A well-respected lawyer has a simple message for corporations: stop suing disgruntled customers who start websites to air their grievances. Though William Pecau of Steptoe & Johnson thinks that online gripers are “self-righteous narcissists with time on their hands,” he also realizes that “shutting down a gripe site generally is not easy, often cannot be done, and often is counterproductive.” Pecau goes on to explain exactly why most online gripers are safe from over-hyped takedown notices…
Just because the economy is imploding doesn’t mean you should entirely freeze your spending. The Wall Street Journal brings us a list of five things that are well worth their price, even in a recession.
A settlement has been proposed in a class action against Nationwide Insurance. The suit says Nationwide should pay for both the car’s repair and depreciated value for policyholders hit by underinsured drivers or involved in hit-and-run accidents. For those who qualify and file, it could mean thousands.
Tax Cat here. It’s that time of year again when our thoughts turn from the lovely holiday season to the pile of receipts and other crap that we don’t want to deal with — taxes. If you’re thinking of hiring someone to prepare your taxes this year — the IRS has some tips that will help you choose a qualified professional.
Thanks to the Internet, with a single Google search and some creative guesswork you can diagnose pretty much any disease you want. Yes, this has made the world of medicine entirely unnecessary, but what about the legal profession? Surely the web can replace that too!
Eric lost his home to foreclosure, but unlike other homeowners, he had actually been trying for the past month-and-a-half to buy it back from the mortgage company for more than the mortgage. The law firm that was handling it, however, wanted an extra $20k in fees to make that happen. He told the realtor that he would buy it for more than it was going to be listed for. The realtor told him that he couldn’t make a bid until it was “active,” which would happen on 11-29. On Sunday he tells the broker he;ll give an offer on Monday. Monday rolls around and they’ve already sold the house to someone else, for less than Eric was willing to pay. They said they “forgot” that he was going to make a bid. Eric is livid. His story, inside…
Consumerist empowers consumers to take on bad companies, but sometimes even the negative PR that Consumerist can bring to bear is not enough to persuade companies to behave. When that happens, you might have to sue in order to get what you want. Here is a brief guide to your options when you decide you need to escalate your complaint to the courts.
“US National Bank” is still at it, calling up people and threatening them with jail time unless they pay up for debts they never took out and USNB doesn’t own. Here’s K’s story of how “Harry Wilson” called him up screaming and yelling. But after speaking to a consumer lawyer, K learned what he needed to say to get the extortionist to stop phone-harassing him. You’ll learn too after you read the story inside…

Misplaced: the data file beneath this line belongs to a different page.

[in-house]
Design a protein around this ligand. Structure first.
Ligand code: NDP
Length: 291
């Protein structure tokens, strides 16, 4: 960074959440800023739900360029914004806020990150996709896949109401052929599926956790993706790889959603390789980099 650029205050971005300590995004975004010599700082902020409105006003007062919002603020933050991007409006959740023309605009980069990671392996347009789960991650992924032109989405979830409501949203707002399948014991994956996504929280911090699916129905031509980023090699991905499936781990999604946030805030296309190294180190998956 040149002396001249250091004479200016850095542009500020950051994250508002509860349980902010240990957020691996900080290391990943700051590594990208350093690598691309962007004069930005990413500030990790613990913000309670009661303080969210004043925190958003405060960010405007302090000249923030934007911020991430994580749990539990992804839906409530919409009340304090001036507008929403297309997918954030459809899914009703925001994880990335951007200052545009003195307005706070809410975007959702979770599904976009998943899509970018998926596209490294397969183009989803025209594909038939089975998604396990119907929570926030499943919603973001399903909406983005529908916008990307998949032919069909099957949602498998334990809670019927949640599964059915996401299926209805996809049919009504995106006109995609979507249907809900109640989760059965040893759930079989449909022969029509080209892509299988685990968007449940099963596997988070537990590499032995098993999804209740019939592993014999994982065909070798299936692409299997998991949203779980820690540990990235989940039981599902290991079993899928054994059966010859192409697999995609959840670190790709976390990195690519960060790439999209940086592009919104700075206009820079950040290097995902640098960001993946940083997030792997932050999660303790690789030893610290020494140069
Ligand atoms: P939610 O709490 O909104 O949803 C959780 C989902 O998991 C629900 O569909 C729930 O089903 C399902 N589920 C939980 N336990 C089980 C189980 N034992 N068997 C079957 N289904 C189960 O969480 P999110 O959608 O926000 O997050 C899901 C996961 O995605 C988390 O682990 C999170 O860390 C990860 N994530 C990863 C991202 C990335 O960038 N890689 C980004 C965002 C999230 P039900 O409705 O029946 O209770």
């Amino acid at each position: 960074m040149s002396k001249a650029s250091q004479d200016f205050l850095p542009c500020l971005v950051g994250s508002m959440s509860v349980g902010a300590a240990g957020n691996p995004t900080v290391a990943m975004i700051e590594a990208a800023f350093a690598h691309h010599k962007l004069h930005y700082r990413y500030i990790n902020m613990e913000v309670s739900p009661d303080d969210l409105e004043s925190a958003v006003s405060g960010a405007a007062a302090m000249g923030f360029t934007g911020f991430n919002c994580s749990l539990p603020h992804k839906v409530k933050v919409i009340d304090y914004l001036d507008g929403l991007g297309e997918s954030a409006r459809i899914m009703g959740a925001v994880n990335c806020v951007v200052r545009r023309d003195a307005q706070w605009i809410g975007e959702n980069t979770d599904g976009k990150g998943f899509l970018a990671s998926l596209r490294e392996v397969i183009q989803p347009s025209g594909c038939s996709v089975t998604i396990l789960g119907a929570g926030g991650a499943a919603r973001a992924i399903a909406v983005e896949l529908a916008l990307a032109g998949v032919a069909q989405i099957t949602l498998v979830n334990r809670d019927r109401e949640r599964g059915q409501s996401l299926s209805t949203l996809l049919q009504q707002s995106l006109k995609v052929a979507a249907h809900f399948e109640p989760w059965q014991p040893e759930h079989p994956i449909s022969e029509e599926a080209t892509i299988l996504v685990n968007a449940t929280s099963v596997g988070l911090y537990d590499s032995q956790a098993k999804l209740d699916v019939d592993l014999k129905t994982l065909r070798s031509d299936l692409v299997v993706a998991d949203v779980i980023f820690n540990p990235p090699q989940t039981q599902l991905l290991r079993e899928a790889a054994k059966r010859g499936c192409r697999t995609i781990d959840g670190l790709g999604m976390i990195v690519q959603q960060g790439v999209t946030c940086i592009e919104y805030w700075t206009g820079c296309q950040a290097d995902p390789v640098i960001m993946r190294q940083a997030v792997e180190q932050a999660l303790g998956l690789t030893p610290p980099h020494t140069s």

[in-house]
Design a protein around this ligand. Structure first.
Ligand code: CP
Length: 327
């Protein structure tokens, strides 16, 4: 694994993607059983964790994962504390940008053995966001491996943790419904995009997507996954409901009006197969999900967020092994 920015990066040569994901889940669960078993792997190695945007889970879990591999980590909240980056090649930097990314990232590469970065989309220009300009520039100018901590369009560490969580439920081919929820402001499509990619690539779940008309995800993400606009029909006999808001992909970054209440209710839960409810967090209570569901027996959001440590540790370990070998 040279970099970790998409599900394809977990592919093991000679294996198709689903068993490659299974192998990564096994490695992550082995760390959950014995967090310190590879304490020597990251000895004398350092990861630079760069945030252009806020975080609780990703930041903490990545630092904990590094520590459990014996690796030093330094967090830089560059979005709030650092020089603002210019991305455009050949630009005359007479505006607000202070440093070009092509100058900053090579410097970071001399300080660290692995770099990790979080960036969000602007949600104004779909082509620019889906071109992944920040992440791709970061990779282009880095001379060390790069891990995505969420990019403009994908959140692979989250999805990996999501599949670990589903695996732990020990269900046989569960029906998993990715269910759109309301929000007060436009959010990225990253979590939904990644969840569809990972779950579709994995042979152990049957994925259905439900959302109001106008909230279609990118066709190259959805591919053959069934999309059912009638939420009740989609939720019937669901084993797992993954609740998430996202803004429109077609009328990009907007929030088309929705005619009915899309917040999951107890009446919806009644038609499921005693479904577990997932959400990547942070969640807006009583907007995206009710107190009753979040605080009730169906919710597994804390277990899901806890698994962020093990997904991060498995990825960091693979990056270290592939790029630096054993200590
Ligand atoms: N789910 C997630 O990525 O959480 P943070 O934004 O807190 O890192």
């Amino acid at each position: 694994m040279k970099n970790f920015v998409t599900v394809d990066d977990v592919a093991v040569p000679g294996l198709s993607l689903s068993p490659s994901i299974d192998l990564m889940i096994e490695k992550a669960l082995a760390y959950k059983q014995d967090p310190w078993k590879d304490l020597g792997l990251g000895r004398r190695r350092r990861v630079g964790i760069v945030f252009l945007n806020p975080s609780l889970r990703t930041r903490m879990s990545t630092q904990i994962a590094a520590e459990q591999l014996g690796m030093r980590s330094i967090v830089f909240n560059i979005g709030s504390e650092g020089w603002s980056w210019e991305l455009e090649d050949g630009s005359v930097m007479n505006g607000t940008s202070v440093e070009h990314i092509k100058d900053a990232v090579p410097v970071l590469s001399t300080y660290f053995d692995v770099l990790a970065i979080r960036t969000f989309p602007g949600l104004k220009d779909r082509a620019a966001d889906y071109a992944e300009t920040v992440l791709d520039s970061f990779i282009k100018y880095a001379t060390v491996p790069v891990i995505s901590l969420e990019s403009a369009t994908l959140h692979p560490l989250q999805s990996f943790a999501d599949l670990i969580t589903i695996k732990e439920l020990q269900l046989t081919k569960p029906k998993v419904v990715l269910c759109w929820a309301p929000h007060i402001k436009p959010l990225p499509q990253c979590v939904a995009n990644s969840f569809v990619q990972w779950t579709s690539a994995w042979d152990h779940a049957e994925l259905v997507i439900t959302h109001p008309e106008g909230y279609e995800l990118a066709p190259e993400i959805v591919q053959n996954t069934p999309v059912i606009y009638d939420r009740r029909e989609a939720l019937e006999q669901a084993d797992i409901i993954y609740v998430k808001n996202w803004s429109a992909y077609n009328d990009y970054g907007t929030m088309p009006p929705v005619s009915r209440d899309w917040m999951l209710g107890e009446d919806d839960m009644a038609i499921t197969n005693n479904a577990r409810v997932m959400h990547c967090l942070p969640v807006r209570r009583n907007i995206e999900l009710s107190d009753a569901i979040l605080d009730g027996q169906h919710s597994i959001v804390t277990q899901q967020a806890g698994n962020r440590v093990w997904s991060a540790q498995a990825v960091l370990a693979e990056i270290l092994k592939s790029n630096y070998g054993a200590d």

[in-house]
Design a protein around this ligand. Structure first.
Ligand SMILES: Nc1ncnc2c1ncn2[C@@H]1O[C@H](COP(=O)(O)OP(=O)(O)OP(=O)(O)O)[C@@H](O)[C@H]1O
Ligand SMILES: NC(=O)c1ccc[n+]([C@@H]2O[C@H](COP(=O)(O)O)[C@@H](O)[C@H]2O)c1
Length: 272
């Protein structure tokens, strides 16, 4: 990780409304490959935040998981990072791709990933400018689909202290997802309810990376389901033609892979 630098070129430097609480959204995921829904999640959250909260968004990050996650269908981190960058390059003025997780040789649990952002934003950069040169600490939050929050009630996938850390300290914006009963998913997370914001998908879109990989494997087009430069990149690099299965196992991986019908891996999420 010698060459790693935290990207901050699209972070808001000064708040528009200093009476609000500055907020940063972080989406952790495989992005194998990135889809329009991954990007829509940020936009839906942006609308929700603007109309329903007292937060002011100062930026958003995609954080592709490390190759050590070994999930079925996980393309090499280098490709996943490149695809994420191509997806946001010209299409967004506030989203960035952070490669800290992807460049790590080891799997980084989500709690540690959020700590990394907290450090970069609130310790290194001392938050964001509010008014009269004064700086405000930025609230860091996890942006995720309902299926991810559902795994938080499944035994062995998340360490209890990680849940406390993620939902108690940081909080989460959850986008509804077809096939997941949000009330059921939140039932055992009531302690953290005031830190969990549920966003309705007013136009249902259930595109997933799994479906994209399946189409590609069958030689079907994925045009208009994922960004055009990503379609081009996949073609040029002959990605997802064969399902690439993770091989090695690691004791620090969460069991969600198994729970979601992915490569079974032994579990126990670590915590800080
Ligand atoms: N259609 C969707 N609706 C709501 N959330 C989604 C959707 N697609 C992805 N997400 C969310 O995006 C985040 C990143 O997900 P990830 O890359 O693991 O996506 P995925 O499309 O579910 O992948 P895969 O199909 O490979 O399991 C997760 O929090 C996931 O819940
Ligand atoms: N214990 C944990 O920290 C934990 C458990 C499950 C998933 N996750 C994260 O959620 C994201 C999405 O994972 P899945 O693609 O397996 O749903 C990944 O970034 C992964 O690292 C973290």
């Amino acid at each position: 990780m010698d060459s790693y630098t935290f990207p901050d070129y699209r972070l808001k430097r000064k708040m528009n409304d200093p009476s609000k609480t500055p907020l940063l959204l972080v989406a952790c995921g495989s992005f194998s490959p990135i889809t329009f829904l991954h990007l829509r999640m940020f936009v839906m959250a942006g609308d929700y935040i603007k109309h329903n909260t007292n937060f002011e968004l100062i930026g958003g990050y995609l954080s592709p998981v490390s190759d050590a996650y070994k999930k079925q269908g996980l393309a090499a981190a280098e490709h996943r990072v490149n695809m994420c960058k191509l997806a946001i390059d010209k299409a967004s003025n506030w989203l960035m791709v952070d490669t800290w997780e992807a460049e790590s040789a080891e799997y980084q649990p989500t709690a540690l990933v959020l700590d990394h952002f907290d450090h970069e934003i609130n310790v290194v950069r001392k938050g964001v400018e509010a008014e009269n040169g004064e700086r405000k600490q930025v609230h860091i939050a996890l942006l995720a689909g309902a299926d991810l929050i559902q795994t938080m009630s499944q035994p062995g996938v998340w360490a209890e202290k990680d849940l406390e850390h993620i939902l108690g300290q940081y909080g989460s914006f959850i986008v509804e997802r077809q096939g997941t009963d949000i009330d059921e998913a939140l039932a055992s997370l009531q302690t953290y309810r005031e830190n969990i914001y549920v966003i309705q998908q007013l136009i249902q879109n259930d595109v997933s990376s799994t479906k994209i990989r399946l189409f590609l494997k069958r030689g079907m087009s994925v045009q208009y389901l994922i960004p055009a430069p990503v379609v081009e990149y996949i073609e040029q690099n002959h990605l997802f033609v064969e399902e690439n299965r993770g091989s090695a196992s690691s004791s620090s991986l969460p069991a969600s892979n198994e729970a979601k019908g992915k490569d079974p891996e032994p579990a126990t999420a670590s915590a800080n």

If the recent economic meltdown has a bright spot, it is the possibility that smart regulation may return. There will always be those who will cheat if they can, putting both consumers and the market at risk. It cannot function properly without regulation to prevent cheating and ensure consumers are getting a fair deal. But without a private right of action and attorney fees, consumer protection regulations are nearly worthless. A “private right of action” means…
Wells Fargo is the winner in the battle for Wachovia, says the New York Times. Apparently, Citibank became nervous about splitting the bank when they saw the size of the “bad assets” it would have to take on, and quietly walked away. The bank will continue to seek $60 billion in damages, however.
So what exactly is the problem? After 12 online (and phone) disputes to Equifax and 14 calls (and faxes) to the Direct Loan Servicing Center, each party seems to blame the other.
Roy “Fancypants” Pearson, the ex-judge who sued a dry-cleaner for $54 million over a misplaced pair of pants, that the cleaner even offered to replace, is continuing to press his case. He lost his original suit, he lost his job, now a court has agreed to hear his appeal. This man gets the award for worst…consumer…ever. Video inside.
When John signed up for a Discover card a few months ago, he noticed an interesting item in the fine print—he could opt out of binding arbitration if he sent in a written request that contained a few lines of necessary info and his signature. John followed the instructions, but Discover rejected it. Since then they’ve rejected his request a second time, failed to call him back when promised, and transferred him to CSRs who don’t know what the word means. The latest news: now that 30 days have passed, he’s no longer eligible to opt out. John’s thinking about canceling the card.
A few days ago a “big business” lawyer wrote an opinion piece in the Wall Street Journal suggesting that those mean old people in the government were trying to take away your right to arbitration. How dare they!
Seeking to evade a 17.5% sales tax, lawyers for Procter & Gamble successfully argued that Pringles aren’t actually potato chips. Even though all Pringles containers are clearly marked “Potato Crisps,” Procter & Gamble’s lawyers argued that “Pringles don’t look like a chip, don’t feel like a chip, and don’t taste like a chip.”
Target confiscated Nick’s coupon for 10% off items left on his wedding registry after randomly deciding that the coupon was too generous.